Tuesday, December 18, 2012
The graceful ax of God
TO LISTEN ONLINE
Even now the ax is lying at the root of the trees; every tree therefore that does not bear good fruit is cut down and thrown into the fire.
So, today’s Gospel’s a little scary. You know it’s never a good sign when the first thing that comes to mind when you read the Gospel you plan to preach on is a scene from Stephen King’s Children of the Corn. Because – it’s easy to think that today’s Gospel is claiming that the Advent of Jesus is similar to the Advent of Santa, only a lot more sadistic. I mean is that what John the Baptist is saying? That –
You better watch out
You better not cry
Better not pout
I'm telling you why
Jesus Christ is coming to town
He's making a list
And checking it twice;
Gonna find out Who's naughty and nice
Jesus Christ is coming to town
And then the verse that I wrote:
He sees you when you're sinning,
So I think it’s time you learned;
The wheat he will be gathering in,
But the bad trees he will burn.
So here’s the first thing I want to say about today’s Gospel – the point is not to scare us into a changed life. Right? Because – how does Luke sum up John’s speech? “So, with many other exhortations, John proclaimed the good news to the people.” Jesus’ arrival is good news, as is every single word that John speaks in today’s Gospel.
And so what I’d have us consider is that today’s Gospel isn’t a picture of Judgment Day, where the sheep and goats are divided, but rather a spiritual formation text where John gives us a clear picture of what Jesus Christ longs to do in our lives: “The ax,” John says, “is lying at the root of the trees; and every tree that doesn’t bear good fruit is going to be cut down and thrown into the fire.”
Now, what does this mean? Well, in the backdrop of John’s speech is Psalm 1. And when you get home today I’d encourage you to read Psalm 1, where the righteous person is compared to a tree – a tree that’s planted by streams of water so that it yields fruit in its season. And so psalm one’s metaphor for the spiritual live is that each and every one of us is a tree, which makes us ask the question – where it is exactly that we’re planted. In other words, what do the roots of our soul rely on to find nourishment?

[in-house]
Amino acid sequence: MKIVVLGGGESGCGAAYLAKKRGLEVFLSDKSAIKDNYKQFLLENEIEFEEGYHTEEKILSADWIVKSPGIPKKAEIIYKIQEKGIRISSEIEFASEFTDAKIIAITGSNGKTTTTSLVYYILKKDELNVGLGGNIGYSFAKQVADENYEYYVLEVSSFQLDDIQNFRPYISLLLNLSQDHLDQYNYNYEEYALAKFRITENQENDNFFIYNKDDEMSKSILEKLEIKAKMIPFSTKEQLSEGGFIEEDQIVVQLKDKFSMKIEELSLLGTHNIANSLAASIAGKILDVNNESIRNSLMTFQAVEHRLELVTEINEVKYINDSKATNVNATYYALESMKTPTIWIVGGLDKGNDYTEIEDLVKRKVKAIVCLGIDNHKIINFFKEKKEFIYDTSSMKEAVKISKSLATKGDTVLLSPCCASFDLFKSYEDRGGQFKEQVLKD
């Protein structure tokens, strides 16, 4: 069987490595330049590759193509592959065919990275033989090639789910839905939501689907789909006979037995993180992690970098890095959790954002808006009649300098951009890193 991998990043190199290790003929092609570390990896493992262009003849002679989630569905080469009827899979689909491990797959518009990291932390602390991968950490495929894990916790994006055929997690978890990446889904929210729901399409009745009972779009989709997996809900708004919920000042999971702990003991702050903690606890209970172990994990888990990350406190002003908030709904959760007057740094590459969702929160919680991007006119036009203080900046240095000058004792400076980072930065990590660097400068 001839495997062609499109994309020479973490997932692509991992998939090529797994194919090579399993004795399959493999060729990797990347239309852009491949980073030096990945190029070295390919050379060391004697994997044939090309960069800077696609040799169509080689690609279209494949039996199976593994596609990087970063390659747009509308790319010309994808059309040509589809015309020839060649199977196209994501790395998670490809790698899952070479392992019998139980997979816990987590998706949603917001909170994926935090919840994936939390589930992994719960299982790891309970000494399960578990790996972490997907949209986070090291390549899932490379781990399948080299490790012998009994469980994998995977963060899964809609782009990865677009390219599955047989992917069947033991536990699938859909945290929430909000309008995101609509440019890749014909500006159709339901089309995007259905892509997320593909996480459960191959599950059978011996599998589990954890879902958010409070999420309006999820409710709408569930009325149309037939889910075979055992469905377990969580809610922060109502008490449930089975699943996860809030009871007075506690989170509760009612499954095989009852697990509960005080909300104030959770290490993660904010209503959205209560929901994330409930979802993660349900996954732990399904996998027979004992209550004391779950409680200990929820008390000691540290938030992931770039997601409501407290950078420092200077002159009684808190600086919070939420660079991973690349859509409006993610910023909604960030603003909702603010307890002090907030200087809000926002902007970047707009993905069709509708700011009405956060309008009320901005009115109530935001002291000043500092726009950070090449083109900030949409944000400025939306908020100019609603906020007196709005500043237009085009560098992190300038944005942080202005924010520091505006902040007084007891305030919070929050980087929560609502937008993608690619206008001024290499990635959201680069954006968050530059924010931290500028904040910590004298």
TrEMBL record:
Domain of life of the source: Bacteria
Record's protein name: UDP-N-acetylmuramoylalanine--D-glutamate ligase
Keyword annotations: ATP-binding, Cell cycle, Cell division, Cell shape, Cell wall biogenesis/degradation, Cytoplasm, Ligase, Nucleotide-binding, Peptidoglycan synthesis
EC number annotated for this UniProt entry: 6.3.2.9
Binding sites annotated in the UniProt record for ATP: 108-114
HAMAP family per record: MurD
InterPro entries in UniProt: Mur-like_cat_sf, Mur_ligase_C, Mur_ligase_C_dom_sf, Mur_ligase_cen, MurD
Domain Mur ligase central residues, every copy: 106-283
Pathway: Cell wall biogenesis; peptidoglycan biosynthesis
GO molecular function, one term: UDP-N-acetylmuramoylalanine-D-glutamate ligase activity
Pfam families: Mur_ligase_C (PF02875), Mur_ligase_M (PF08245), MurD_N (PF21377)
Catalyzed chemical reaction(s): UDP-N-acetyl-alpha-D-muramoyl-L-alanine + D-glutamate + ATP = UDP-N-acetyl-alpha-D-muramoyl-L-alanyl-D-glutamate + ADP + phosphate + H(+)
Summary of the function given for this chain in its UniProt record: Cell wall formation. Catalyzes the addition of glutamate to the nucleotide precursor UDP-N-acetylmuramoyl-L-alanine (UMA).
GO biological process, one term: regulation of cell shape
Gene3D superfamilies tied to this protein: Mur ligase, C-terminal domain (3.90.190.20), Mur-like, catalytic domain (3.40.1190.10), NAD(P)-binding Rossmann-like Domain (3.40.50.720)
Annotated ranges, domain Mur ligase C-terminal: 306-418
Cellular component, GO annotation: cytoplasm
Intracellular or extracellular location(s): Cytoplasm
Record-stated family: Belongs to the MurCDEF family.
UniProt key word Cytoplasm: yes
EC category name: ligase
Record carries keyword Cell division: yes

Because – when it comes to life there’s a really big difference between being a tree planted by a riverbank and one that depends on the outside rain to find nourishment and life. And what I think psalm 1 is saying is that there’s a difference between a person whose roots descend deep into God to find nourishment in His goodness and grace, and someone that depends on “outside factors” to make them feel like a worthwhile human being.
And that’s why our great spiritual problem isn’t so much that we’re rebels or misfits but, in the tradition of psalm 1, trees – trees that have been planted somewhere East of Eden and therefore trees that bear the wrong kind of fruit. You see, even though God tells us that we are the object of His love – His very own beloved – we still live our lives frantically searching for someone else to tell us we’re beloved. You see like a tree that depends on the outside rain to stay alive we too rely on outside factors – our I.Q., our sense of humor, what other people think, our portfolio, the feedback we’re getting at work, our own piety and religious observance, our religious tradition (you, know the claim that we have Abraham as our ancestor and that’s what makes us special!). And that’s why John reminds the crowds in today’s Gospel that God can make more children of Abraham from a pile of rocks – that it’s not our heritage or anything else that makes us worthy, but rather God’s commitment to save us, and purify us, refine us with the fire of His Holy Spirit, all to make us more like Himself – that is what makes us worthy.